APRS balloon flight tracker.

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This is a re-post of a post I made on my previous blog. I’ve had this tracking board for over a year now, and still didn’t program it! Sometimes life gets in the way, and my life has kept me busy for the past few years. Now it’s time to start looking at this project seriously again.

This board is very large compared to most HAB tracking devices, and depends upon the Arduino UNO board (which means I’ll have to fly that project board with the payload). I will consider building a smaller, less costly version but for now this is what I have.

The original post….

My frustrations got the better of me.
I had intended to use my CNC mill to cut a PCB for this tracking module. The christmas vacation had given me time to prepare the schematic in Eagle CAD and to add the limit switches to my mill. Sadly, generating the g-code required by the mill has proven to be a stumbling block. There is software to do it, I just couldn’t make that software work! So with the vacation over its time to accept that there are quicker ways to accomplish the goal.  I had previously purchased an arduino shield prototyping board from seeedstudios.

Yesterday I sat down with my pile of components and began constructing this Arduino shield for tracking…

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On the board you can see the Radiometrix HX-1 radio transmitter module, which will be used to transmit APRS data on 144.390Mhz. To the right, two header strips are positioned to accept the lassen-IQ connections from the GPS board I blogged in a previous post. To the left (front) you can see the SMA antenna connector which will carry the transmission from the HX-1 to the external antenna. The additional header strips were not required, but I found it useful to attach them for debugging purposes. I was able to connect the MAX-232 serial interface (from a previous post) into these headers to test that the radio and GPS devices were communicating correctly.

This board uses 3.3v to supply the Lassen-IQ GPS module both as primary power and using the same source for the backup supply. Why? Well I also included a transistor switch to the main power line of the lassen-IQ which enables me to turn the device on and off from the micro-controller. This feature enables me to use differing baud rates for the lassen-IQ and Radiometrix HX-1 while remaining on the same UART. In short, I won’t have to write my own software UART for this board like I did for the PIC based tracking board of the Artemis-1 project. Keeping the backup supply powered will prevent the GPS module from losing its lock (the lassen-IQ is notoriously slow to acquire a lock).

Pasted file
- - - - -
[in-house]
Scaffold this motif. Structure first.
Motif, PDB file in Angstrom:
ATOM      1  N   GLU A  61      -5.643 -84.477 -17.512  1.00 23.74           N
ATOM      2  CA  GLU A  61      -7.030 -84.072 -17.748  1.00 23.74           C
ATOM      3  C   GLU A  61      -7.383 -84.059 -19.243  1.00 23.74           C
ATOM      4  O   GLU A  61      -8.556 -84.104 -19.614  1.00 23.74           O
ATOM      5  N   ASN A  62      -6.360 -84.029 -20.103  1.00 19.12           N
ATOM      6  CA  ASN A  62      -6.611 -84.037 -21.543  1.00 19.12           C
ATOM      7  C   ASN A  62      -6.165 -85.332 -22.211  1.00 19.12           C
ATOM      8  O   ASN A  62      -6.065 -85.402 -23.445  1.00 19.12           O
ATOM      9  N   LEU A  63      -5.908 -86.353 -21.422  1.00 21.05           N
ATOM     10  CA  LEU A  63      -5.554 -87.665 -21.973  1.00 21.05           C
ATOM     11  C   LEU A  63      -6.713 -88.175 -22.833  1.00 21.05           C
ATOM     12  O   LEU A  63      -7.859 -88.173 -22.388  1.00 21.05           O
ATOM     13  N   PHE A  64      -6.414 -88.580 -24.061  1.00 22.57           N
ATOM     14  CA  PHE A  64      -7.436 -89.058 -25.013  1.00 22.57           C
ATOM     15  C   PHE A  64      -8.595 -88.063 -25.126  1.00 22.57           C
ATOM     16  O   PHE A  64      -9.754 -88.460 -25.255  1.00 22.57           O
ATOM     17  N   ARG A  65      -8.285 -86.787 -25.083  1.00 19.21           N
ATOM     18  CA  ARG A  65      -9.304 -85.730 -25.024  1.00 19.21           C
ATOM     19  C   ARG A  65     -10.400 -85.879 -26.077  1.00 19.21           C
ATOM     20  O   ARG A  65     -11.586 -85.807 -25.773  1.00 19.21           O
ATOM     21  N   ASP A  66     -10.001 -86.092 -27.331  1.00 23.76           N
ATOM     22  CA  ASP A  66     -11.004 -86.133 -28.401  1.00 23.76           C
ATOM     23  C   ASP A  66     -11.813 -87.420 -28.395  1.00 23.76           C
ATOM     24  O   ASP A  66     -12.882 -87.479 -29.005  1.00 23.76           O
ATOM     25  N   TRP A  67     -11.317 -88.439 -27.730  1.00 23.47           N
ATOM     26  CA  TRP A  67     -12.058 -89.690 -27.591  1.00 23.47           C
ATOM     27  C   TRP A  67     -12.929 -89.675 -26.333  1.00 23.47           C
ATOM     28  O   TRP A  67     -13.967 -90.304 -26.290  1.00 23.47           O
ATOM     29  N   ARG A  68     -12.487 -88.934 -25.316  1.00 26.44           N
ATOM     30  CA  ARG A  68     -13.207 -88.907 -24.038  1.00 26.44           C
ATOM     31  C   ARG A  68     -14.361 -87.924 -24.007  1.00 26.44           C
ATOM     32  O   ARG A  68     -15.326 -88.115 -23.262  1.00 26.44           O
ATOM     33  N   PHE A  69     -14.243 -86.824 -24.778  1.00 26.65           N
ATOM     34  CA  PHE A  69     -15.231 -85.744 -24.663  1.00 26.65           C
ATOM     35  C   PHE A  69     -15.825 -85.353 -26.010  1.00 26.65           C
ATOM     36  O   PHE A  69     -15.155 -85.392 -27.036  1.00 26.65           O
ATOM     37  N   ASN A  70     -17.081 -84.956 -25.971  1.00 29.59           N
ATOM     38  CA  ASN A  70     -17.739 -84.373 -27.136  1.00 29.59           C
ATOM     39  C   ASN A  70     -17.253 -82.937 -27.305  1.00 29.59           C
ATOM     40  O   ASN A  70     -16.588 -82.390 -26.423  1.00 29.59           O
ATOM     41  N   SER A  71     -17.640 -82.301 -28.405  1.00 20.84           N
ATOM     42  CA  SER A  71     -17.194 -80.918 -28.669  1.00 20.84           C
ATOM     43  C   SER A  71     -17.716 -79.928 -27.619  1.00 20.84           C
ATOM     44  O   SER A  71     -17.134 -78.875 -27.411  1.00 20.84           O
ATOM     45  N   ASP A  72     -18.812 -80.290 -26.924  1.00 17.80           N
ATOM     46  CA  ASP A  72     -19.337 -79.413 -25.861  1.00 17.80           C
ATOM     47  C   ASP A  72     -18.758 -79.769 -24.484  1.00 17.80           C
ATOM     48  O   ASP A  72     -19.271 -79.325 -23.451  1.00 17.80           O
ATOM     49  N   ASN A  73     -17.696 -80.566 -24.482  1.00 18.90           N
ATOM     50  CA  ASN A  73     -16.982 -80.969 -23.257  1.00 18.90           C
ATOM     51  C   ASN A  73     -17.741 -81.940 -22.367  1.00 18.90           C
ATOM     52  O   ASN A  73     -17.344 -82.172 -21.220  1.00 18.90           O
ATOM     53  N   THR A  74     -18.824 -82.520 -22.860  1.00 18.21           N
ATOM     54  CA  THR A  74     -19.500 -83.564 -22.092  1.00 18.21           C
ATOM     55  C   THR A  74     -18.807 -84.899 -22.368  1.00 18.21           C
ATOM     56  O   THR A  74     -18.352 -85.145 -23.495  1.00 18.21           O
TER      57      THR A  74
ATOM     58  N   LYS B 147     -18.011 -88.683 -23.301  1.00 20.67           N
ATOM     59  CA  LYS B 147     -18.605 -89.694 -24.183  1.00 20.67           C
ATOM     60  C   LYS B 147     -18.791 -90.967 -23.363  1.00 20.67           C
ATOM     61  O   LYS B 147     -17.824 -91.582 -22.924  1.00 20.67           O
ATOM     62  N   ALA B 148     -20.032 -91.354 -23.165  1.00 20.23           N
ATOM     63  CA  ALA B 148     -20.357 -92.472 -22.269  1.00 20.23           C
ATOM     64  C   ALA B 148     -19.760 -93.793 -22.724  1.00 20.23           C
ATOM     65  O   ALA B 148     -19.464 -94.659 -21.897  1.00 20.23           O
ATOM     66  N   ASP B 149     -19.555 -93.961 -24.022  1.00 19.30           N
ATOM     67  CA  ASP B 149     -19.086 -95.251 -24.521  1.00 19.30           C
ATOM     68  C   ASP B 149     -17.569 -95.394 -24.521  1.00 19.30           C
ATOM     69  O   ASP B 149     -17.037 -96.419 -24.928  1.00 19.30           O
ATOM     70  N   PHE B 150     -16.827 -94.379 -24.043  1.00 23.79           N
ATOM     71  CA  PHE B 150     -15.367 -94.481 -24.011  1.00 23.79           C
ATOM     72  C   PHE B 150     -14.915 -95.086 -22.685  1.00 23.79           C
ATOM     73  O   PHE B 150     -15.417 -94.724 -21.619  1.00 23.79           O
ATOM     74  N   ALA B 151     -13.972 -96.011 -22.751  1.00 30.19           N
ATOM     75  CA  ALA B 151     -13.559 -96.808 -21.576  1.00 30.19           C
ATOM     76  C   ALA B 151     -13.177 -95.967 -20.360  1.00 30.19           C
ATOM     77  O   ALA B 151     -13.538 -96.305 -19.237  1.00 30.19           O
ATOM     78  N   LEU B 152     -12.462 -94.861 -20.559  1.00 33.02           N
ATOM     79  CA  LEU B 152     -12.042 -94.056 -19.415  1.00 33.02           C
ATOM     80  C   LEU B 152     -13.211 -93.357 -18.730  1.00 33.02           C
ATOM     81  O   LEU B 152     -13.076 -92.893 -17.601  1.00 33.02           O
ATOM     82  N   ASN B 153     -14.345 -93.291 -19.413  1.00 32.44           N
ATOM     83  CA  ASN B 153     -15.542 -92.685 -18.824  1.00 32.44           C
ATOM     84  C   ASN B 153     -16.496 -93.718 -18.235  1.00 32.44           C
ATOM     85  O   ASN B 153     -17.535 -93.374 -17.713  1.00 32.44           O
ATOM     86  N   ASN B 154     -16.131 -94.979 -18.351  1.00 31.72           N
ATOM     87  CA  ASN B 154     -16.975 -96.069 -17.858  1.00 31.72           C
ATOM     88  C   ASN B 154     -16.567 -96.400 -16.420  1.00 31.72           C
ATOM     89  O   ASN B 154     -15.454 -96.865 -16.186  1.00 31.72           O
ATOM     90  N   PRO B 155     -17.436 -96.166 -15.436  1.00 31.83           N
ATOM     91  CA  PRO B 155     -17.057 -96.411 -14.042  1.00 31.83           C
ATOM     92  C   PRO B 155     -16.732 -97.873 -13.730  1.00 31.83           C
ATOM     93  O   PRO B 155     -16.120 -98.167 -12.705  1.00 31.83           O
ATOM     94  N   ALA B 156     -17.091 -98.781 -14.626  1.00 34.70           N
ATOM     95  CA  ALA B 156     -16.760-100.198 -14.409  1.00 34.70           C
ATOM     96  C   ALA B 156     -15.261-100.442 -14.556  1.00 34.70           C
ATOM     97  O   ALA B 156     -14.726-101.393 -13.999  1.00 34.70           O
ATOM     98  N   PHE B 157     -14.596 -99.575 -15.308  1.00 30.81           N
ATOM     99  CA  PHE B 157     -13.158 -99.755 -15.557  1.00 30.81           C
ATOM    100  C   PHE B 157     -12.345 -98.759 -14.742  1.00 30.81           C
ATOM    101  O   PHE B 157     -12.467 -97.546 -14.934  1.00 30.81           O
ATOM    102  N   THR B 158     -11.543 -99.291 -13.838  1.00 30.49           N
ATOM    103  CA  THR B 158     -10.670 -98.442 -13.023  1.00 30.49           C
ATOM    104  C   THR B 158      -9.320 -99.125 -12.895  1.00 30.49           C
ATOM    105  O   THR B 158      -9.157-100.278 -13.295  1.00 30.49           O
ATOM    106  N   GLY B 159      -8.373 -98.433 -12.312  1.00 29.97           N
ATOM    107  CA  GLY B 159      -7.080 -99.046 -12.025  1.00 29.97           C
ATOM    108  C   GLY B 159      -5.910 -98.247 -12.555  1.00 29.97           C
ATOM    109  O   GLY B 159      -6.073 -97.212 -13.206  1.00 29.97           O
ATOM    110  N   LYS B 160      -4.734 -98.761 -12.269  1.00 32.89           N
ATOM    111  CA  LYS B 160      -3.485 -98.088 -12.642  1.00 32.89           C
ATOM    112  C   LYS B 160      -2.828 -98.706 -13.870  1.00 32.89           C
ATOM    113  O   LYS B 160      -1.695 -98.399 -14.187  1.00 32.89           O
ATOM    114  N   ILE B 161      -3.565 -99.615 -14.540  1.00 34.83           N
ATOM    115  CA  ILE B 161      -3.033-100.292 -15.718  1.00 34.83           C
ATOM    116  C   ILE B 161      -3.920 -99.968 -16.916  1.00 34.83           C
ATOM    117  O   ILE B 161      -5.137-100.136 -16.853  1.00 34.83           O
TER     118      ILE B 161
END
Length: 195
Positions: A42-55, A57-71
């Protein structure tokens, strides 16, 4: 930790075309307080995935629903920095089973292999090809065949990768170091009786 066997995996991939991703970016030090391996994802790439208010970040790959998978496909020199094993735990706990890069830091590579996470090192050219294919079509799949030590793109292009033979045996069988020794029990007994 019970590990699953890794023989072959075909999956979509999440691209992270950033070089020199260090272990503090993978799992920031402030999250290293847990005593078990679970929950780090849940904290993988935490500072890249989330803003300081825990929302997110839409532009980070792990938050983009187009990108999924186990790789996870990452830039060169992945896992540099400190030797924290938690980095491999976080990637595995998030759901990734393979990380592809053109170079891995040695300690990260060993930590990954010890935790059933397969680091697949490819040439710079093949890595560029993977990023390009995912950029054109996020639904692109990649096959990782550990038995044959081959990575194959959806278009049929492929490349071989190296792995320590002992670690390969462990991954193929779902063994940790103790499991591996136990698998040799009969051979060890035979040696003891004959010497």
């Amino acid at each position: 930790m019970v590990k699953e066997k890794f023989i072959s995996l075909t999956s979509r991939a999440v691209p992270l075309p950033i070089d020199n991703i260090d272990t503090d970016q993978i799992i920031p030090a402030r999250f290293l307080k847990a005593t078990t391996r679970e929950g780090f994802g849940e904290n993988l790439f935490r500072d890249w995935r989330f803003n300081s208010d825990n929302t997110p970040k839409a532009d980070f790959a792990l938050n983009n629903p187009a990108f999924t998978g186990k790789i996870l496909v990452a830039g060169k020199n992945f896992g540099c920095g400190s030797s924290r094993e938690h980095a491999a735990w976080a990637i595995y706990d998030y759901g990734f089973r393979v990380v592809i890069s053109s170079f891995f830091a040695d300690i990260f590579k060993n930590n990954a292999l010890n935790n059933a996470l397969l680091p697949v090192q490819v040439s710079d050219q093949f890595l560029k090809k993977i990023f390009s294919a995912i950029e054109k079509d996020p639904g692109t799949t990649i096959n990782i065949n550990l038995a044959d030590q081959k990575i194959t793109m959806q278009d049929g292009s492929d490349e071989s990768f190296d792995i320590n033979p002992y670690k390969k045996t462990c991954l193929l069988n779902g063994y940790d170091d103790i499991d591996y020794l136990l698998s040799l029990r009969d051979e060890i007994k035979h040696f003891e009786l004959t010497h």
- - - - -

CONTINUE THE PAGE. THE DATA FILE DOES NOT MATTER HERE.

I’m able to control the Radiometrix HX-1 enable pin from the micro-controller also, again, saving power between transmissions.

And here is the board while seated on the back of the Arduino Uno…

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The hardware is built and to some degree it is tested. I was able to test the function of the Radio and GPS enable lines, as well as testing that data is received from the GPS device. I was able to test that the radio transmits, although, no data has yet been sent from it.

My next step is to write the software which will transmit the APRS data, for which I think I can modify the trackuino code.
That US flight is finally beginning to look like a reality!

Thanks for reading!

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